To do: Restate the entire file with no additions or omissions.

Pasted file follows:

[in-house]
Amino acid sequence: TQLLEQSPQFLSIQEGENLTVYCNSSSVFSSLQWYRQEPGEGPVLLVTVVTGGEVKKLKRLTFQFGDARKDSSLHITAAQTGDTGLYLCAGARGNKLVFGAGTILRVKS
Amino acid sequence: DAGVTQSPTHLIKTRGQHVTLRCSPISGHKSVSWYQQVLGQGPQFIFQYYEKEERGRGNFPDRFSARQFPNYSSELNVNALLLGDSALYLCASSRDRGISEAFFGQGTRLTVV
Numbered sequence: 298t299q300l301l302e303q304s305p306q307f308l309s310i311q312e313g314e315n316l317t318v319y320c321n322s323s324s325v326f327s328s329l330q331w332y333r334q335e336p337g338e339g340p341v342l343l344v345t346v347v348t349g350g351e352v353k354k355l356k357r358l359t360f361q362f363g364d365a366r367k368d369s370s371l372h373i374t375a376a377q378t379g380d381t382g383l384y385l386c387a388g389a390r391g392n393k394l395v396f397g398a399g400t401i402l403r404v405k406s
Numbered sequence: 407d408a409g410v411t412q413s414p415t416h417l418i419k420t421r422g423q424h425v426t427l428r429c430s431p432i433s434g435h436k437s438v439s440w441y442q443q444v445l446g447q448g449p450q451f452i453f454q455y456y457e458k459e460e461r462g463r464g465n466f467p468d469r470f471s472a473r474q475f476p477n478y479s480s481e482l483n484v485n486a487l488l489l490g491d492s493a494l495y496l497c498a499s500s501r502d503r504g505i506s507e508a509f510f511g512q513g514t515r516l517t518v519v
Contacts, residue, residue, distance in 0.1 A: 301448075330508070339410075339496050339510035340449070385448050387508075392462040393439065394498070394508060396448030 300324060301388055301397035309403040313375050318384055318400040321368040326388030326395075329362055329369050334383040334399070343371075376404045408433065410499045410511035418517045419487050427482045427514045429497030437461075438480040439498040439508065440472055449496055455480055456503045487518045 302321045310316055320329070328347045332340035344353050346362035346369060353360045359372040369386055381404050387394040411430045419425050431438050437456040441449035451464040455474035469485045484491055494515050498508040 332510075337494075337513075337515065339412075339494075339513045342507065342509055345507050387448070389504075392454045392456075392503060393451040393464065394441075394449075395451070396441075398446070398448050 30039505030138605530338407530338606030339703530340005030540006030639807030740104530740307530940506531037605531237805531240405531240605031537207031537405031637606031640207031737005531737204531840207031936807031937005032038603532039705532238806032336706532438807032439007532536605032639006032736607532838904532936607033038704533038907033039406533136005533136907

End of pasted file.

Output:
[in-house]
Amino acid sequence: TQLLEQSPQFLSIQEGENLTVYCNSSSVFSSLQWYRQEPGEGPVLLVTVVTGGEVKKLKRLTFQFGDARKDSSLHITAAQTGDTGLYLCAGARGNKLVFGAGTILRVKS
Amino acid sequence: DAGVTQSPTHLIKTRGQHVTLRCSPISGHKSVSWYQQVLGQGPQFIFQYYEKEERGRGNFPDRFSARQFPNYSSELNVNALLLGDSALYLCASSRDRGISEAFFGQGTRLTVV
Numbered sequence: 298t299q300l301l302e303q304s305p306q307f308l309s310i311q312e313g314e315n316l317t318v319y320c321n322s323s324s325v326f327s328s329l330q331w332y333r334q335e336p337g338e339g340p341v342l343l344v345t346v347v348t349g350g351e352v353k354k355l356k357r358l359t360f361q362f363g364d365a366r367k368d369s370s371l372h373i374t375a376a377q378t379g380d381t382g383l384y385l386c387a388g389a390r391g392n393k394l395v396f397g398a399g400t401i402l403r404v405k406s
Numbered sequence: 407d408a409g410v411t412q413s414p415t416h417l418i419k420t421r422g423q424h425v426t427l428r429c430s431p432i433s434g435h436k437s438v439s440w441y442q443q444v445l446g447q448g449p450q451f452i453f454q455y456y457e458k459e460e461r462g463r464g465n466f467p468d469r470f471s472a473r474q475f476p477n478y479s480s481e482l483n484v485n486a487l488l489l490g491d492s493a494l495y496l497c498a499s500s501r502d503r504g505i506s507e508a509f510f511g512q513g514t515r516l517t518v519v
Contacts, residue, residue, distance in 0.1 A: 301448075330508070339410075339496050339510035340449070385448050387508075392462040393439065394498070394508060396448030 300324060301388055301397035309403040313375050318384055318400040321368040326388030326395075329362055329369050334383040334399070343371075376404045408433065410499045410511035418517045419487050427482045427514045429497030437461075438480040439498040439508065440472055449496055455480055456503045487518045 302321045310316055320329070328347045332340035344353050346362035346369060353360045359372040369386055381404050387394040411430045419425050431438050437456040441449035451464040455474035469485045484491055494515050498508040 332510075337494075337513075337515065339412075339494075339513045342507065342509055345507050387448070389504075392454045392456075392503060393451040393464065394441075394449075395451070396441075398446070398448050 30039505030138605530338407530338606030339703530340005030540006030639807030740104530740307530940506531037605531237805531240405531240605031537207031537405031637606031640207031737005531737204531840207031936807031937005032038603532039705532238806032336706532438807032439007532536605032639006032736607532838904532936607033038704533038907033039406533136005533136907